Is the Past Prologue? What 2016 Means for the 2020 Presidential Election

by Dr. Watson Scott Swail, President & Senior Research Scientist

As we get closer to the Presidential Election, it is worth taking a look back at 2016 voting in America. As most people know, almost 3 million more people voted for Hillary Clinton than Donald Trump, equal to three percent of voters. But here are some other important stats:

  • Young people voted for Clinton 58 to 28 (18-29 years old)
  • Older people (65+) voted for Trump 53-44 percent
  • White men voted for Trump 62-32 percent
  • White women voted for Trump 47-45 percent
  • Black women voted for Clinton 98 – 0 percent (not statistically significant for Republicans)
  • College graduates voted for Clinton 57-36 percent
  • Non-college graduates voted for Trump 50-43 percent
  • White non-college graduates voted for Trump 64-28 percent

Right now, the polls have Biden far up on Trump, but people also know that Trump wasn’t expected to win in 2016, so why trust the polls this time? From a statistical/polling point of view, I have been espousing that Biden will win the popular vote and electoral college fairly comfortably. That stated, I also think both Republicans and Democrats are very nervous about November 3, especially considering the various issues around COVID-19, mail-in ballots, and other factors. In the end, in such a partisan nation, we won’t know what will happen until it does.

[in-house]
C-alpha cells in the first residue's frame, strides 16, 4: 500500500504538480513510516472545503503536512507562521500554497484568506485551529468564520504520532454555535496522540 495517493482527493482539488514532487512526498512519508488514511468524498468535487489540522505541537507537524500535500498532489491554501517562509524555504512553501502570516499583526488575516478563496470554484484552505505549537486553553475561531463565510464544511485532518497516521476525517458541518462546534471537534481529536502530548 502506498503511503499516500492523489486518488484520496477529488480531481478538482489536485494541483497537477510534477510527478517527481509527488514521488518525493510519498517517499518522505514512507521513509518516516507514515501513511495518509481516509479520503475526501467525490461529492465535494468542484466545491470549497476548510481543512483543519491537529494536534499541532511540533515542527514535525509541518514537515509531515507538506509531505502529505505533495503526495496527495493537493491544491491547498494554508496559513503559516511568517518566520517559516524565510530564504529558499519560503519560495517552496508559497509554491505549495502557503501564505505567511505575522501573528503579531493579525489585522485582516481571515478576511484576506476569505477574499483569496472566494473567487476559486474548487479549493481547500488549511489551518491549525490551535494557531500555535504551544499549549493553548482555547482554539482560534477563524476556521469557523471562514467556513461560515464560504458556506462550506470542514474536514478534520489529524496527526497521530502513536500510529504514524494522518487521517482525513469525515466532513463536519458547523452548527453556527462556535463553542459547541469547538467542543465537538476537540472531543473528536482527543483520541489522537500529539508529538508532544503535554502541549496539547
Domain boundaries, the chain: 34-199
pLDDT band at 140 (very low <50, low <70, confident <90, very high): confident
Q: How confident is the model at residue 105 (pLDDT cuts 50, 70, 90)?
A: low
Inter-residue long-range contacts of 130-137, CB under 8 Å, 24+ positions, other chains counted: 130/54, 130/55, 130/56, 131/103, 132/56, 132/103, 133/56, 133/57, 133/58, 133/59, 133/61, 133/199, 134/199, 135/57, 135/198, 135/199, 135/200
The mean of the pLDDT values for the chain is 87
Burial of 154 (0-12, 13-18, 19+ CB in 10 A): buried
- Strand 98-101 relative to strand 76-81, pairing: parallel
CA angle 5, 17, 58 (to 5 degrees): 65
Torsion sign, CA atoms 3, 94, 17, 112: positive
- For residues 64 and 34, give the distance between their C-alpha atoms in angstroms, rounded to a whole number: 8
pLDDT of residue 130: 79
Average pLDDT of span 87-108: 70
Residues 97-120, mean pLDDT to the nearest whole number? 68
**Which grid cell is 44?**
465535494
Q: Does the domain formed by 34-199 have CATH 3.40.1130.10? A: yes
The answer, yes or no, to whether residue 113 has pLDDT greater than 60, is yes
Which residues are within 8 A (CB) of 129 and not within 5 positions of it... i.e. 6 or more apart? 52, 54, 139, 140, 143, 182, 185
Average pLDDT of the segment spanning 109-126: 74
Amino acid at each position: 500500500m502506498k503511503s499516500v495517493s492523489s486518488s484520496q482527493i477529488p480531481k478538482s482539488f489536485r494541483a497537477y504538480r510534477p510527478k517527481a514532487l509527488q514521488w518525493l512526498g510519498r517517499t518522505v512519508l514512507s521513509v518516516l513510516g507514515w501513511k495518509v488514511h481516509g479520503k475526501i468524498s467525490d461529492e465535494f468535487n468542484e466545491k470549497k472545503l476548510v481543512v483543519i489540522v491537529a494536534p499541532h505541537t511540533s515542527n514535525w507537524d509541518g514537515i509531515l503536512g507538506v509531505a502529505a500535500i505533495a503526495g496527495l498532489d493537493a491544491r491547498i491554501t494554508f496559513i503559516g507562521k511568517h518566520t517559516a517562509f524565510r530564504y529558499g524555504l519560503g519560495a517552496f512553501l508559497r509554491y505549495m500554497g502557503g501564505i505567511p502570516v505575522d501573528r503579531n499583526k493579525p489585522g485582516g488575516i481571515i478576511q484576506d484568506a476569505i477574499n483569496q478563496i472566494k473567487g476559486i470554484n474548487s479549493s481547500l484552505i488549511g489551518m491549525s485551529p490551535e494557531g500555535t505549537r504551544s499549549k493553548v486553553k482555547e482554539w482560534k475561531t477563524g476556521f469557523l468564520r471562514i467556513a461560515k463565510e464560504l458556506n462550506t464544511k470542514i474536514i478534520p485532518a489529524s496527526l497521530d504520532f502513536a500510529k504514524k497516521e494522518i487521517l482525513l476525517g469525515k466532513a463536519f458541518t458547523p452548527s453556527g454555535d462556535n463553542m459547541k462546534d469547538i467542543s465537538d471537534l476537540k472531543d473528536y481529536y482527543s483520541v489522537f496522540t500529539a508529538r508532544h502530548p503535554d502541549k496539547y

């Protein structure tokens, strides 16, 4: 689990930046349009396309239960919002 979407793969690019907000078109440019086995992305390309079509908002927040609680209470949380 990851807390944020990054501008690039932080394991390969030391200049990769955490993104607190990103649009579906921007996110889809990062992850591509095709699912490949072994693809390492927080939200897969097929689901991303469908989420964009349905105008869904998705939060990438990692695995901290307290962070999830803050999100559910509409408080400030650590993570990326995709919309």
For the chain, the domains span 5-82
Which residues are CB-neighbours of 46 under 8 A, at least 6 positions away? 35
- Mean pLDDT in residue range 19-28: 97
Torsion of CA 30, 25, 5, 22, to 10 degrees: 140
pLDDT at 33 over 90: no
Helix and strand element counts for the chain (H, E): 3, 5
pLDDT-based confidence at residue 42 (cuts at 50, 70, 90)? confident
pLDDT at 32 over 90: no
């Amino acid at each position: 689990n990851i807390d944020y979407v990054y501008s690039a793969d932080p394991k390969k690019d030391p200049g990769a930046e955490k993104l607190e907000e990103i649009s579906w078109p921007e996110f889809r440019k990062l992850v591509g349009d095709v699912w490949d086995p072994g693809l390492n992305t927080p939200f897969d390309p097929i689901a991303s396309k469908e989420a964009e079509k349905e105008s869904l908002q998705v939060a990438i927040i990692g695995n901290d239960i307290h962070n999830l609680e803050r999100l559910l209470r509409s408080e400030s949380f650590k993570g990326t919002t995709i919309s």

So, with all that, it is interesting to revisit what happened in 2016 and how Trump won the election. Even the night before, most people thought Hillary was a slam dunk. Then she wasn’t. Some of the pundits and pollers did say Trump would win, but I still don’t buy their logic on promoting that scenario. The numbers didn’t support it at the time. But he did win. Here are some thoughts. By the way, this is a political, not a partisan, conversation.

REASON 1. Young people didn’t show up. If you had to put one thing on the list for why the election went the way it did (beyond Comey and Russian influence), it was the turnout of the youngest voters (18-29 years of age). They just don’t vote like older people do. Only 13 percent of voters were under 30 years of age compared to 33 percent of non-voters. Meanwhile, 27 percent of voters were over 65 compared to only 9 percent of non-voters. If young people showed up in even normal numbers, this election would have been a landslide for Hillary.

REASON 2. Black voters stayed home. The group that perhaps has more on the line than any other demographic and they didn’t bother to vote. In fact, their showing was a massive decline from 2012. That alone would have swung the election greatly. Hispanics stayed home, too.

REASON 3. Protestants and evangelicals showed up at the polls in huge numbers for Republicans. How big a deal? Sixty-seven percent of the voting population are made up of those two populations. If you attend church weekly, you were twice as likely to vote for Trump. What would Jesus do?